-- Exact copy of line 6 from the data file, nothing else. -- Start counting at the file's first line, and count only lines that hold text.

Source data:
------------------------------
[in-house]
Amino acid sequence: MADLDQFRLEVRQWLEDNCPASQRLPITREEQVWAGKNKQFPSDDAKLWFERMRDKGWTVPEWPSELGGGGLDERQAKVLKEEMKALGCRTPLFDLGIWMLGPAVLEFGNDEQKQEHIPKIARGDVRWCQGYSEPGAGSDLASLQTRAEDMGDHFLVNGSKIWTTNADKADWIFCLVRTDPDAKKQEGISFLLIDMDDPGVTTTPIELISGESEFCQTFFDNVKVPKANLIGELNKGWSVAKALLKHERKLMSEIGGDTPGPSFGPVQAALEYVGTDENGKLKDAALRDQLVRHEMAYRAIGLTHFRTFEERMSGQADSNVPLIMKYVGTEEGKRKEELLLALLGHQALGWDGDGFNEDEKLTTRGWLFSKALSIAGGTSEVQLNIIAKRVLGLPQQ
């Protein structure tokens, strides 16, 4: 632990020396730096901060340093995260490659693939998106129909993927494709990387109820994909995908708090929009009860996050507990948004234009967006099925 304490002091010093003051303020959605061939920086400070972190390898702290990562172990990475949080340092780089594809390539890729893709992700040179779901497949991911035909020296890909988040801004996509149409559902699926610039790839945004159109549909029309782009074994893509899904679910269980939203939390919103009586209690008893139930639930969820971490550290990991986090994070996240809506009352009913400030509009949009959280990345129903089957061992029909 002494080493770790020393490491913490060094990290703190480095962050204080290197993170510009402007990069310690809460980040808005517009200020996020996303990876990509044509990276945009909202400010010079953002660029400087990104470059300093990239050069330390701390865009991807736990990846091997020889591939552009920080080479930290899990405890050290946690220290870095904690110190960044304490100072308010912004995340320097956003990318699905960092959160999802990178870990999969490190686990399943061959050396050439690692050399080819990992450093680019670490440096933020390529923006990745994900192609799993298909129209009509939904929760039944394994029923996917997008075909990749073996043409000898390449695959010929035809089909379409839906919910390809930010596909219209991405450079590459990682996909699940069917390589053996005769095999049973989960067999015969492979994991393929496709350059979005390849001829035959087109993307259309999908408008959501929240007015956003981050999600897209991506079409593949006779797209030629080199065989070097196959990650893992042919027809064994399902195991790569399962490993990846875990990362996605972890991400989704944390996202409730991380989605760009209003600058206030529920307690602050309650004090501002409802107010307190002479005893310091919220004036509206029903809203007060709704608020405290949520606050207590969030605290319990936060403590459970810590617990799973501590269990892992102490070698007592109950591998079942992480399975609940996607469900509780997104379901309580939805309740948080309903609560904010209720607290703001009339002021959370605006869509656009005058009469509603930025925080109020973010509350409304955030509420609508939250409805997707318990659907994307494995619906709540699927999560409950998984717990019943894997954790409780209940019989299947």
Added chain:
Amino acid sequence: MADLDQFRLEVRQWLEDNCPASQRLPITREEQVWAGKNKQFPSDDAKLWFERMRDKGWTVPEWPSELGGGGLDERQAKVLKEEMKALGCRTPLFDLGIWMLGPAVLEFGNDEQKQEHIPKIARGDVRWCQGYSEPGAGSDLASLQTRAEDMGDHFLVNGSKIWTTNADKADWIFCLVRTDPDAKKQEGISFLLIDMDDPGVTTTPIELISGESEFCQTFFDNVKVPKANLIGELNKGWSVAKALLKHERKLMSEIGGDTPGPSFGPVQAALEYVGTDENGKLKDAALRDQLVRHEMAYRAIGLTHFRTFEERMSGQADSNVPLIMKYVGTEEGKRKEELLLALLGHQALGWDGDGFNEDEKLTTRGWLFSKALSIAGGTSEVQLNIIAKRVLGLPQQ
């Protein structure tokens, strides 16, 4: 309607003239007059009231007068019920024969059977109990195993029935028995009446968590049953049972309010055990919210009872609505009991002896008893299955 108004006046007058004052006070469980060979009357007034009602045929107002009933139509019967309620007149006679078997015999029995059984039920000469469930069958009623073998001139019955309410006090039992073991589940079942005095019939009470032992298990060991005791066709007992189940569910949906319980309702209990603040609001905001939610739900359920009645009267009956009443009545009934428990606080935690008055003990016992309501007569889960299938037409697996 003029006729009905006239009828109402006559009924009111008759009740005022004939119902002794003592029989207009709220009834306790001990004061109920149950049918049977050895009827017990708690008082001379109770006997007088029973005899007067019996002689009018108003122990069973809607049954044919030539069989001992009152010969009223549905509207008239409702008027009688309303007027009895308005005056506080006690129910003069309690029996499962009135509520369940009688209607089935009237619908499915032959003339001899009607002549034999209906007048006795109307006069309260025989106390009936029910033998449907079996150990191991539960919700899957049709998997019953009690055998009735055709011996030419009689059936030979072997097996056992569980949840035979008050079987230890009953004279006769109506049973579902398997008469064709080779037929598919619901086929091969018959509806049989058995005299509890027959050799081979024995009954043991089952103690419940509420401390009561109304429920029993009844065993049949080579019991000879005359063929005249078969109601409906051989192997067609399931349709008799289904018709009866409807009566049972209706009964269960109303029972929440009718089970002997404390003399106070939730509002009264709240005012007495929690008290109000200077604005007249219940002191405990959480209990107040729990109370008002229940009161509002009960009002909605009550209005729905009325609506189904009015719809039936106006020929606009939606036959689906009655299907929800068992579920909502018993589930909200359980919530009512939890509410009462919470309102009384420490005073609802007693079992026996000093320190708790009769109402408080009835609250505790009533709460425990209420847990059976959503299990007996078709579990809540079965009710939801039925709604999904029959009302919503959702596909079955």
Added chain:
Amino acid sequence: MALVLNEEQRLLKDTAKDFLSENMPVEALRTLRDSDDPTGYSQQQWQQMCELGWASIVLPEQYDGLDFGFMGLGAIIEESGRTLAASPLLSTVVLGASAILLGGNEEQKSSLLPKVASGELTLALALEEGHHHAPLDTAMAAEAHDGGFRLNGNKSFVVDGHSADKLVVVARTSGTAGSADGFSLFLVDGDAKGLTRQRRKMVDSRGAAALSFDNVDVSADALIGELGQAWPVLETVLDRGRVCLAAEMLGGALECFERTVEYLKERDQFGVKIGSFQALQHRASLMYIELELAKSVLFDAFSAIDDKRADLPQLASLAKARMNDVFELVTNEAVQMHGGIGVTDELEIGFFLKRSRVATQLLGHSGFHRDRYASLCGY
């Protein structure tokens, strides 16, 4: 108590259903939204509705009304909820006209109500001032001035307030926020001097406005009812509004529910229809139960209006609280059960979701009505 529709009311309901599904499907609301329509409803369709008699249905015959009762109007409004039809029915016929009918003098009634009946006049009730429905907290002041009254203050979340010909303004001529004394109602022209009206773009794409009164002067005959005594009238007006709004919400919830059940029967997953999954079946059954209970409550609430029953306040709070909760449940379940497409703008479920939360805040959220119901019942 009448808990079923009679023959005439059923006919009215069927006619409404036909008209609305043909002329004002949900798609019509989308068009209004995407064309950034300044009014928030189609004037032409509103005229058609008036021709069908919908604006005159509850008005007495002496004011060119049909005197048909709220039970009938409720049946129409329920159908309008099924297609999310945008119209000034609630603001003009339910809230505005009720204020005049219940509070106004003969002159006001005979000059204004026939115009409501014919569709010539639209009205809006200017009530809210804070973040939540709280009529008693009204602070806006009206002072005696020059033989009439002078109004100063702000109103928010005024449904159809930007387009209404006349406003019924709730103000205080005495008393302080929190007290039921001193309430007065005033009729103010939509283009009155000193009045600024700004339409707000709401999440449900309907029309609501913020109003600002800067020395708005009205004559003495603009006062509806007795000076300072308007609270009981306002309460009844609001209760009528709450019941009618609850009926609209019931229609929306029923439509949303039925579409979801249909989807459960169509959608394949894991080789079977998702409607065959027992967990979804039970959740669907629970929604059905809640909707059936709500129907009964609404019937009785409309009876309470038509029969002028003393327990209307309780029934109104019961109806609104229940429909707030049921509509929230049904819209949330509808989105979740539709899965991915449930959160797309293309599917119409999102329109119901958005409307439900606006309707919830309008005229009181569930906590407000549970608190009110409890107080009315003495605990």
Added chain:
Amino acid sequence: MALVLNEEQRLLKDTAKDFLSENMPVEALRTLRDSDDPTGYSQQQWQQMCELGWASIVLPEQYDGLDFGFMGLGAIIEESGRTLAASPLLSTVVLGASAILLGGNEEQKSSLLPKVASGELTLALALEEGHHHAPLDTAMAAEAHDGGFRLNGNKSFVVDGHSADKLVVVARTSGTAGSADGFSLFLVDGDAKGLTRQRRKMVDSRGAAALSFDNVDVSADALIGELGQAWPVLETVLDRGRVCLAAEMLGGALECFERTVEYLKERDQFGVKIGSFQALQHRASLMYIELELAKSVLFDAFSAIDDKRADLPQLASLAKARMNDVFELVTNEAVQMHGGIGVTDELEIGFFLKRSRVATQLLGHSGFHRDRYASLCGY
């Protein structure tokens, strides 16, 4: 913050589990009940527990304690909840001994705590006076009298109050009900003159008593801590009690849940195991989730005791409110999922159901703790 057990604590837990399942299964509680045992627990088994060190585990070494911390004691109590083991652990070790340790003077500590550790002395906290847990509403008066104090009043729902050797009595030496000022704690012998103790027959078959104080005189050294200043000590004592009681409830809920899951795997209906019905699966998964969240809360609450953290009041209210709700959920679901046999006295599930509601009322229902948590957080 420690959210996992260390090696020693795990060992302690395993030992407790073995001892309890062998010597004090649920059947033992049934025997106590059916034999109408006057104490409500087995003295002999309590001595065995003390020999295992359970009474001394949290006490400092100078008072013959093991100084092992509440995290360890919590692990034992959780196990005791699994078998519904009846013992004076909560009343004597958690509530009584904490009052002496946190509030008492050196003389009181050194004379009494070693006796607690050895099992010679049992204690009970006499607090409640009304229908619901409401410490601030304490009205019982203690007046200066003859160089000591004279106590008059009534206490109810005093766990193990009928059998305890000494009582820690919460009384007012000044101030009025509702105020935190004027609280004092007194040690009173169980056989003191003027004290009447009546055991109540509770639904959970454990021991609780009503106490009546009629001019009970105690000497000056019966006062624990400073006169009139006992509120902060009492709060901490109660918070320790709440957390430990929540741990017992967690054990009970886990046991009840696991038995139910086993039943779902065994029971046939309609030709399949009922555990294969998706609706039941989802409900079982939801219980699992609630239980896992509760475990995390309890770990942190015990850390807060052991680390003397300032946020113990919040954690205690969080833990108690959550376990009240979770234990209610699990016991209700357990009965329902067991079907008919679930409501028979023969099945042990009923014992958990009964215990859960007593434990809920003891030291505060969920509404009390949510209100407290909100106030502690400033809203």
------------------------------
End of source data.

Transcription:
């Protein structure tokens, strides 16, 4: 309607003239007059009231007068019920024969059977109990195993029935028995009446968590049953049972309010055990919210009872609505009991002896008893299955 108004006046007058004052006070469980060979009357007034009602045929107002009933139509019967309620007149006679078997015999029995059984039920000469469930069958009623073998001139019955309410006090039992073991589940079942005095019939009470032992298990060991005791066709007992189940569910949906319980309702209990603040609001905001939610739900359920009645009267009956009443009545009934428990606080935690008055003990016992309501007569889960299938037409697996 003029006729009905006239009828109402006559009924009111008759009740005022004939119902002794003592029989207009709220009834306790001990004061109920149950049918049977050895009827017990708690008082001379109770006997007088029973005899007067019996002689009018108003122990069973809607049954044919030539069989001992009152010969009223549905509207008239409702008027009688309303007027009895308005005056506080006690129910003069309690029996499962009135509520369940009688209607089935009237619908499915032959003339001899009607002549034999209906007048006795109307006069309260025989106390009936029910033998449907079996150990191991539960919700899957049709998997019953009690055998009735055709011996030419009689059936030979072997097996056992569980949840035979008050079987230890009953004279006769109506049973579902398997008469064709080779037929598919619901086929091969018959509806049989058995005299509890027959050799081979024995009954043991089952103690419940509420401390009561109304429920029993009844065993049949080579019991000879005359063929005249078969109601409906051989192997067609399931349709008799289904018709009866409807009566049972209706009964269960109303029972929440009718089970002997404390003399106070939730509002009264709240005012007495929690008290109000200077604005007249219940002191405990959480209990107040729990109370008002229940009161509002009960009002909605009550209005729905009325609506189904009015719809039936106006020929606009939606036959689906009655299907929800068992579920909502018993589930909200359980919530009512939890509410009462919470309102009384420490005073609802007693079992026996000093320190708790009769109402408080009835609250505790009533709460425990209420847990059976959503299990007996078709579990809540079965009710939801039925709604999904029959009302919503959702596909079955």